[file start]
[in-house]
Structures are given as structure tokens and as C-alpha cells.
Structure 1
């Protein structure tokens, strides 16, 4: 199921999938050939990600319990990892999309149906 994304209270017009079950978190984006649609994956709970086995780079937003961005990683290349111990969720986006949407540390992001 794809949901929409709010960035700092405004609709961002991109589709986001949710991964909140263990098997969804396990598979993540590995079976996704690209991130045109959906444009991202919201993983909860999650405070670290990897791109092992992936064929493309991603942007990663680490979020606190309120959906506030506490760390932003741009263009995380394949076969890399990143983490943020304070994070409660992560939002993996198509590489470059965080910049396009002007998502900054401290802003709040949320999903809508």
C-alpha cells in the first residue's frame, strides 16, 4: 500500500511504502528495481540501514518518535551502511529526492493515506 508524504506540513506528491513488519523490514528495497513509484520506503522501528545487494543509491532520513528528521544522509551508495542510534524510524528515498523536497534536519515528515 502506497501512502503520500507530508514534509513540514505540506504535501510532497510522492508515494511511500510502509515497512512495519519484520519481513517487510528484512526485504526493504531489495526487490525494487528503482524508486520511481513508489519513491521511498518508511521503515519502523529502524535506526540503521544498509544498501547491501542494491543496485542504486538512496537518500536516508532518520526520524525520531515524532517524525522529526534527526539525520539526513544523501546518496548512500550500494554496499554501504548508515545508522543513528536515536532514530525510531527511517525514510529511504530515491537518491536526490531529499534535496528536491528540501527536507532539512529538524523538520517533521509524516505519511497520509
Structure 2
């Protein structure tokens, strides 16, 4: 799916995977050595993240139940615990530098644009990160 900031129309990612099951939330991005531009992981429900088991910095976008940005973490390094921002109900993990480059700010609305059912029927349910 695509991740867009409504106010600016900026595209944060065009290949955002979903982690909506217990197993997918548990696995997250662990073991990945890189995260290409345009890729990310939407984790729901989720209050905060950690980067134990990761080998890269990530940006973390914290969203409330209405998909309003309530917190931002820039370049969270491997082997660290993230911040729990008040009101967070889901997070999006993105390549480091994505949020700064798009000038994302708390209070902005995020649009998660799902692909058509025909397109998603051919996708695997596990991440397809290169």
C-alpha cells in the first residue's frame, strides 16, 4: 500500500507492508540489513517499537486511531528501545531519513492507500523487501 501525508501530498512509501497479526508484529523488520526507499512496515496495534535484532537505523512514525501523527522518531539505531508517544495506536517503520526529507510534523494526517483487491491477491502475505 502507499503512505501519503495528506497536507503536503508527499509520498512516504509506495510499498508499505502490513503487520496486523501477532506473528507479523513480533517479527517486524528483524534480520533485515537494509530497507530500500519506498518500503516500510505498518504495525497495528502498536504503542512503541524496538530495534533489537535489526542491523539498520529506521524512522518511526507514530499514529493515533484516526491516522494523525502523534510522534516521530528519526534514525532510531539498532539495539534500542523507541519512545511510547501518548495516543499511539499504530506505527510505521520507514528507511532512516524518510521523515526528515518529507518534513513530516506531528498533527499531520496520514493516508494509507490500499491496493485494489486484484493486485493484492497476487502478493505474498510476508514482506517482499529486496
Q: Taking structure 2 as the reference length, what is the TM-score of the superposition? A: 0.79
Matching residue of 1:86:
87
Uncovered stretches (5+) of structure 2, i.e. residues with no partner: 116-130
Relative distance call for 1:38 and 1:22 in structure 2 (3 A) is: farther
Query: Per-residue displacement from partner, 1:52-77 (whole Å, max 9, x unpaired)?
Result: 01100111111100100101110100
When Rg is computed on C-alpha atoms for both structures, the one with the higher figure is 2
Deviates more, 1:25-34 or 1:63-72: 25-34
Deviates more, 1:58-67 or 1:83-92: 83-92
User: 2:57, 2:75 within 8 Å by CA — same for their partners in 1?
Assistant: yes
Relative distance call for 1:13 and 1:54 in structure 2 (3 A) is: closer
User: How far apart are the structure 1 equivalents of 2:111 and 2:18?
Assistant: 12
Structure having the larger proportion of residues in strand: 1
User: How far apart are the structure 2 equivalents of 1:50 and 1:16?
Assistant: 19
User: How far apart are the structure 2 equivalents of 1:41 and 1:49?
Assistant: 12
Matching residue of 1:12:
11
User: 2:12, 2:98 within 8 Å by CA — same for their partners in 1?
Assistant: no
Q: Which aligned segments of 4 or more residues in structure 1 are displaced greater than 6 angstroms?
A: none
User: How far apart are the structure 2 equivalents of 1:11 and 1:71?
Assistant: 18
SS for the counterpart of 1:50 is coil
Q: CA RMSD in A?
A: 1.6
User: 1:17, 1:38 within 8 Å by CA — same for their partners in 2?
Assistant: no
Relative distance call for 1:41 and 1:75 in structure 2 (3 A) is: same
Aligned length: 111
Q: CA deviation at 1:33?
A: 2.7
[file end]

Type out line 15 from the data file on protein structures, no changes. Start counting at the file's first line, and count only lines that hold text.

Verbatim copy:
Result: 01100111111100100101110100